The Meaning of Life

I first discovered Sophy Burnham when I read her book, The Art of Intuition. Her writing so often reminds me of the mysterious, miraculous, invisible weave that unites our ordinary, extraordinary lives.


I’ve been thinking about the meaning of life. It’s the kind of monumental question I used to worry like a terrier with a toy when I was young and that I don’t have time for now that I’m older. But occasionally the question arises: Do we make meaning out of a human need for order and control, or is there an underlying Force working things out in Its own way? I‘ve experienced moments (so many!) when it seems that something–spirit guides, angels, some invisible energy–must be crimping Time deliberately to formulate coincidences.

I remember once being invited to have lunch in Manhattan on the same day that I had

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About Cristina

Urban Addict: London, San Francisco, Portland, Paris. Island Girl: Manila, Manhattan, Maui. Life-long: Writer. Reader. Artist. Dancer.
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2 Responses to The Meaning of Life

  1. tristac says:

    I’ve been catching up on your blog and love this re-post by Burnham, but I was also surprised by the post about Rick Steves because I’d heard he was giving a talk about the marijuana bill, and I didn’t get what he had to do with politics (like you said). However, your post was fascinating and makes so much sense. Lastly … about Europeans earning less but vacationing more … any advice about how to do this in contemporary American culture where rent/mortgage has to be paid, etcetera, etcetera? Is there a way to live more simply and with more satisfaction without having to go totally “off grid” and miles from a coffee shop? 🙂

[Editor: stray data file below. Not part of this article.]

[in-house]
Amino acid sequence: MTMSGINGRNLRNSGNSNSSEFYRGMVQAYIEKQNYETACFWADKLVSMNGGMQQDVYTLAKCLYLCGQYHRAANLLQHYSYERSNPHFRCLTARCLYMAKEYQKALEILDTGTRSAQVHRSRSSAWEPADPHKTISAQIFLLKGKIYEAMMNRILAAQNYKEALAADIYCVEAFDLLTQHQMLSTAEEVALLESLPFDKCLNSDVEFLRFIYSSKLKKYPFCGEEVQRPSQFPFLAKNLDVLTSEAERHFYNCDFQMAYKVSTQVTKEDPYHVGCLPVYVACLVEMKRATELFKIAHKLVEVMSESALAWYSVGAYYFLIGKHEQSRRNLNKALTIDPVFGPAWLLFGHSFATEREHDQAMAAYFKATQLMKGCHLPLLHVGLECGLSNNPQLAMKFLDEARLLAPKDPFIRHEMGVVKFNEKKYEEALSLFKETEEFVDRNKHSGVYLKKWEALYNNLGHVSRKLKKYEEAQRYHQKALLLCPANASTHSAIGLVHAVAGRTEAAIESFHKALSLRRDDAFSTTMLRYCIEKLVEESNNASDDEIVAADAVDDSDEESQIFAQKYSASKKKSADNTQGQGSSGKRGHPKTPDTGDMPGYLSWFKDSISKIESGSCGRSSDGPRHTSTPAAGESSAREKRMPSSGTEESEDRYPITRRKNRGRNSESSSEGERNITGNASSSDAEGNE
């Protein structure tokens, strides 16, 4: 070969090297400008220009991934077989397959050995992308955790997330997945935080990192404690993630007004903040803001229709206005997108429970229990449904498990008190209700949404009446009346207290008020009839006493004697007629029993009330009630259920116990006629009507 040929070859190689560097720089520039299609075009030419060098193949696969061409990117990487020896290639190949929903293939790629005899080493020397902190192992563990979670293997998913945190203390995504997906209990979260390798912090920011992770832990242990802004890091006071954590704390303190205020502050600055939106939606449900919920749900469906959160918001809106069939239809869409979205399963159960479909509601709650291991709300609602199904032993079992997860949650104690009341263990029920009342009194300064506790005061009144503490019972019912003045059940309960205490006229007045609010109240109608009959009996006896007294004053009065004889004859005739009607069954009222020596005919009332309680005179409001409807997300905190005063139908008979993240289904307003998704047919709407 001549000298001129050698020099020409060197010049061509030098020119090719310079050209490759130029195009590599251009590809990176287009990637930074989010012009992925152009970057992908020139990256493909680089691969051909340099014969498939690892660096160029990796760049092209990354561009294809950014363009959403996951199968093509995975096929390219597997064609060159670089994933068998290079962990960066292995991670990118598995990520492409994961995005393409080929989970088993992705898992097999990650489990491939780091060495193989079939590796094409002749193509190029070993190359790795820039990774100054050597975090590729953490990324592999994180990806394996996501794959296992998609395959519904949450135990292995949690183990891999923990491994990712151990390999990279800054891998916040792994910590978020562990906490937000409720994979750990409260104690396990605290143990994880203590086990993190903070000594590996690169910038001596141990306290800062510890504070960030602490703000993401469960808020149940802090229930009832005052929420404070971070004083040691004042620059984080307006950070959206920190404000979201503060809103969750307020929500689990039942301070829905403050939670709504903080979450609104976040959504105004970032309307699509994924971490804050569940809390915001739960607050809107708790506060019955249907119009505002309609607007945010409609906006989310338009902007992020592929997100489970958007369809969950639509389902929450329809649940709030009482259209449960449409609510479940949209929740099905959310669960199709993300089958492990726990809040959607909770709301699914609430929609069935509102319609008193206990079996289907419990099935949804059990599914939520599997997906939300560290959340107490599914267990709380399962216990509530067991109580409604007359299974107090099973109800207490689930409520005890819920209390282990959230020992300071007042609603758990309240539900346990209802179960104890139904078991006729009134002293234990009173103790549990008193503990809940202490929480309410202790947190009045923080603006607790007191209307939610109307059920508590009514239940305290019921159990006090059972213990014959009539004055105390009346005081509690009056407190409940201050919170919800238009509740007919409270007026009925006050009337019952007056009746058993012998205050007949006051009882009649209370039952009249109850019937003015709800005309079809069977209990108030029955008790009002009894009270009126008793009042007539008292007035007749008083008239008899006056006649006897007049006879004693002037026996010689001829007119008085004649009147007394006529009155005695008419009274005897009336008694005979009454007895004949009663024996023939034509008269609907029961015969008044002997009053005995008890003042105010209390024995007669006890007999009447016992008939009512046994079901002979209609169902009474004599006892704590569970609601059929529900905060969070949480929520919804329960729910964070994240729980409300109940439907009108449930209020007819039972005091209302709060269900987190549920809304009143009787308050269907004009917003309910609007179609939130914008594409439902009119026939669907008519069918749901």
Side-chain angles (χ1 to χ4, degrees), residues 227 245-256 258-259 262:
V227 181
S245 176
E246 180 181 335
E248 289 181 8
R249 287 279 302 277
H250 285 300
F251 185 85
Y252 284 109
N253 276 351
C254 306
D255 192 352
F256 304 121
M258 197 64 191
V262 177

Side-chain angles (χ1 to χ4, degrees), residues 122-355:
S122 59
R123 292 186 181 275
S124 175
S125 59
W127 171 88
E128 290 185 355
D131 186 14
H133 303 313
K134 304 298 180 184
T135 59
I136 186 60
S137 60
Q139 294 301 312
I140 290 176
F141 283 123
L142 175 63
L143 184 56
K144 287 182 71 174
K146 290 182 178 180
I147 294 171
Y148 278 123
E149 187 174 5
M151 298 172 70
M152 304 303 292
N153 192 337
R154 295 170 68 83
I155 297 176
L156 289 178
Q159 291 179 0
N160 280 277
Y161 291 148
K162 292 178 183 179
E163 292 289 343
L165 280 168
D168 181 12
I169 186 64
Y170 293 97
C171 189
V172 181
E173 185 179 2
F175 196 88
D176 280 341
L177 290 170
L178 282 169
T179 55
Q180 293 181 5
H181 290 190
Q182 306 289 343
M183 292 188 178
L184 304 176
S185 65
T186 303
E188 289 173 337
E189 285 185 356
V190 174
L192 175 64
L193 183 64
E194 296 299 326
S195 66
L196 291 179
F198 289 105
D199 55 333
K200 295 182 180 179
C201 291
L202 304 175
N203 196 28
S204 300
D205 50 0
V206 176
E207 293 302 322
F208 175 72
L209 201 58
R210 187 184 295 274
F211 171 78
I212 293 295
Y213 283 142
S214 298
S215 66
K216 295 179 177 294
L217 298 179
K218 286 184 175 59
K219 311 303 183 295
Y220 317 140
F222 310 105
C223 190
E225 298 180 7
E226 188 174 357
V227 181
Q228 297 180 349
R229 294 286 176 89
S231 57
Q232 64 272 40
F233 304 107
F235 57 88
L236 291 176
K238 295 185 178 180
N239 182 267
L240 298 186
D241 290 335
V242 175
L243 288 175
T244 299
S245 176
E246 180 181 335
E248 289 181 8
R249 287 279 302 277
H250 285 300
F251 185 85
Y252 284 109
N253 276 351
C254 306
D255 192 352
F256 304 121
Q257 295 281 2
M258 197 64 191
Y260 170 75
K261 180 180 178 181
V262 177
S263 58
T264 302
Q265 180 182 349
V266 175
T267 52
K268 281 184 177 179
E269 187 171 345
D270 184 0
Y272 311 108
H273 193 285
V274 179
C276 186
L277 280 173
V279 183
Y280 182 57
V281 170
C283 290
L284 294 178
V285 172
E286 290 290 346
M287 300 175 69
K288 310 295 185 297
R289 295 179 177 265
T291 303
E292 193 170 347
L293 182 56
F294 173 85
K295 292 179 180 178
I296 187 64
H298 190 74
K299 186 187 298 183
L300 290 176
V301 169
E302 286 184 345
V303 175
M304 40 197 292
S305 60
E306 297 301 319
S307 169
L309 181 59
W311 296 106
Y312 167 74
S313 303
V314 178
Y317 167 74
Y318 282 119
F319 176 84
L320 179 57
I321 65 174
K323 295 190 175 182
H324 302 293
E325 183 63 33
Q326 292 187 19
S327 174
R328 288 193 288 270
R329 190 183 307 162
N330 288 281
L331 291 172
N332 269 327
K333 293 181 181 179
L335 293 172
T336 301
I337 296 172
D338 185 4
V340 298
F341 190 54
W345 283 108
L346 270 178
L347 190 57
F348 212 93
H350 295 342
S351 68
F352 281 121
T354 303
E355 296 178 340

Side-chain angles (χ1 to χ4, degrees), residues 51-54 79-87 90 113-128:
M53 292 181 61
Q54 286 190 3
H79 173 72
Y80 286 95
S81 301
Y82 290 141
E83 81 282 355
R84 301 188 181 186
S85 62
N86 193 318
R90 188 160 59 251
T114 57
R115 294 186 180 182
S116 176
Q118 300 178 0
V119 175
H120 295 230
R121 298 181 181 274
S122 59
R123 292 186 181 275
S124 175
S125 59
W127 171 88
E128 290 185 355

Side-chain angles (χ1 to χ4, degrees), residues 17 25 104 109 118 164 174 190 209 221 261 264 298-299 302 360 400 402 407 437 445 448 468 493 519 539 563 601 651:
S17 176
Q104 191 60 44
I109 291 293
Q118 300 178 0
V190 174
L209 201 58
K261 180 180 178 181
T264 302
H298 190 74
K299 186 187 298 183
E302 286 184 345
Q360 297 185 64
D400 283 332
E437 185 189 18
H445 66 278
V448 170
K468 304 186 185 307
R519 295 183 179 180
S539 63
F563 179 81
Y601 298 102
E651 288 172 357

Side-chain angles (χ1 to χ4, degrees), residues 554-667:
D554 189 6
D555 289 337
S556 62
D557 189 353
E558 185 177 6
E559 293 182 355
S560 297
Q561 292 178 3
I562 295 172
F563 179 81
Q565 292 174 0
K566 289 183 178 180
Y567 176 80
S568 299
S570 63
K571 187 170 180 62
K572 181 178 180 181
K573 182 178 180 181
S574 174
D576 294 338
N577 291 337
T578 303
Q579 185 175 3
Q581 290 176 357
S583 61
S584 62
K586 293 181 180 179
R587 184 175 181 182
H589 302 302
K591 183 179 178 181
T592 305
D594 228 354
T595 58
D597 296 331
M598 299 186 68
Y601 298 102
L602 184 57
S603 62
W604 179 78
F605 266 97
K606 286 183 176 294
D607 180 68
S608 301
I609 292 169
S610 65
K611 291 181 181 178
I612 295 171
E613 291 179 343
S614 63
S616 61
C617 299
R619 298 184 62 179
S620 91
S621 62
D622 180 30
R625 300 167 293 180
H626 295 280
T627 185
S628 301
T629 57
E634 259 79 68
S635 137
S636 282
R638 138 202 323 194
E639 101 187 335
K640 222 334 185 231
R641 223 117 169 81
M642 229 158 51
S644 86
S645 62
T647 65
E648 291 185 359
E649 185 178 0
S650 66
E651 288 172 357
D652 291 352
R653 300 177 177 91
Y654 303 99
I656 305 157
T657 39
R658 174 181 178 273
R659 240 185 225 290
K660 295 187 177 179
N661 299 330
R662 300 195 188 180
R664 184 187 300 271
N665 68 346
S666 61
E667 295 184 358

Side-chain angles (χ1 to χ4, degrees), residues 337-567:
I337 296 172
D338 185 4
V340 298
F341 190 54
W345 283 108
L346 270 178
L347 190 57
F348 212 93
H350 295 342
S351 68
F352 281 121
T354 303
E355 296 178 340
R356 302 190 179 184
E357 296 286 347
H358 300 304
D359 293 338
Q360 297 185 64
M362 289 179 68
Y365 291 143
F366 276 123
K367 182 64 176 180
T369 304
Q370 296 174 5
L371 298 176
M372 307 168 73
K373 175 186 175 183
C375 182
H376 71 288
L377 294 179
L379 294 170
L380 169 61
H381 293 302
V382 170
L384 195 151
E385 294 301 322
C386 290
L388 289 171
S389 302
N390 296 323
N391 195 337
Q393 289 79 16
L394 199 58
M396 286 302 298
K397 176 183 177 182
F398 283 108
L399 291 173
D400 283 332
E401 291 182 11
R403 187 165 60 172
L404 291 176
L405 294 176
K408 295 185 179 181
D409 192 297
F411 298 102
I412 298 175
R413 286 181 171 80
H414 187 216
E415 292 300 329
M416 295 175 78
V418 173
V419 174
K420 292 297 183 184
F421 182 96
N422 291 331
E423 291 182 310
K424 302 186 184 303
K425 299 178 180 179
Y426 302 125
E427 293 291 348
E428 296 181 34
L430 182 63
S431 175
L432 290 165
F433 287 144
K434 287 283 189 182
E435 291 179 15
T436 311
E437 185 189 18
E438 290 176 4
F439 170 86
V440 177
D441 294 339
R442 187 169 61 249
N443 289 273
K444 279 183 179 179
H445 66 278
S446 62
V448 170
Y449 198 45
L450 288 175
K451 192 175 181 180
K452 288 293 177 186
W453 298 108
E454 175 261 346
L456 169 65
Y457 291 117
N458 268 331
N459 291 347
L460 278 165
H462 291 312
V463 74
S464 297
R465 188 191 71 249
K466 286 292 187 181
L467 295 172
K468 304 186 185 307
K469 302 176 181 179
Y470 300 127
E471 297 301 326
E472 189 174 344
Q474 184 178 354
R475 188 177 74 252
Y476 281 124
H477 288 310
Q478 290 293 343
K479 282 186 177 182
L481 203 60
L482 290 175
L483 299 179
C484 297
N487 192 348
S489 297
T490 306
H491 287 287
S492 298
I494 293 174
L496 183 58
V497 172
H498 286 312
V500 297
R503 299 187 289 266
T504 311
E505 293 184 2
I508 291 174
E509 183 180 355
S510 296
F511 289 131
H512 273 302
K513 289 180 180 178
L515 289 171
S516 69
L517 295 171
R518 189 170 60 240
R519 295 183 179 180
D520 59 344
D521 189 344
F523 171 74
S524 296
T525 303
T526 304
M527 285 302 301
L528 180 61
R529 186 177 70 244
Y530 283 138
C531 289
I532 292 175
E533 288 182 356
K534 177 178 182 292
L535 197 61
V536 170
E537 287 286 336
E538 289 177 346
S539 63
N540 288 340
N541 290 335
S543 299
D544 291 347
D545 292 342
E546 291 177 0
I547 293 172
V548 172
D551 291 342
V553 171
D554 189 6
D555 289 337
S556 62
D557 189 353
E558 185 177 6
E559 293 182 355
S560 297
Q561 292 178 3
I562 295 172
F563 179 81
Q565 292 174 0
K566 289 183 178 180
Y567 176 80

2. Cristina says:

    They have to pay rent/mortgage in Europe too. I think income inequality is not so great there — plus they have health care, child care, and education is not so costly (university is free in Germany), benefits not universally available here. Their long vacations are structured into the system because of what they value — values I’d love to import (at least some of them). As for simplicity and satisfaction — I don’t believe I could find either living “off grid.” I need coffee shops and cafes. Plus the other amenities of urban life. I look for quiet in city parks and walking along tree-lined streets. Your question is grist for the mill — what gives satisfaction in the place(s) where we are, and how do we bring simplicity to our current life circumstances?


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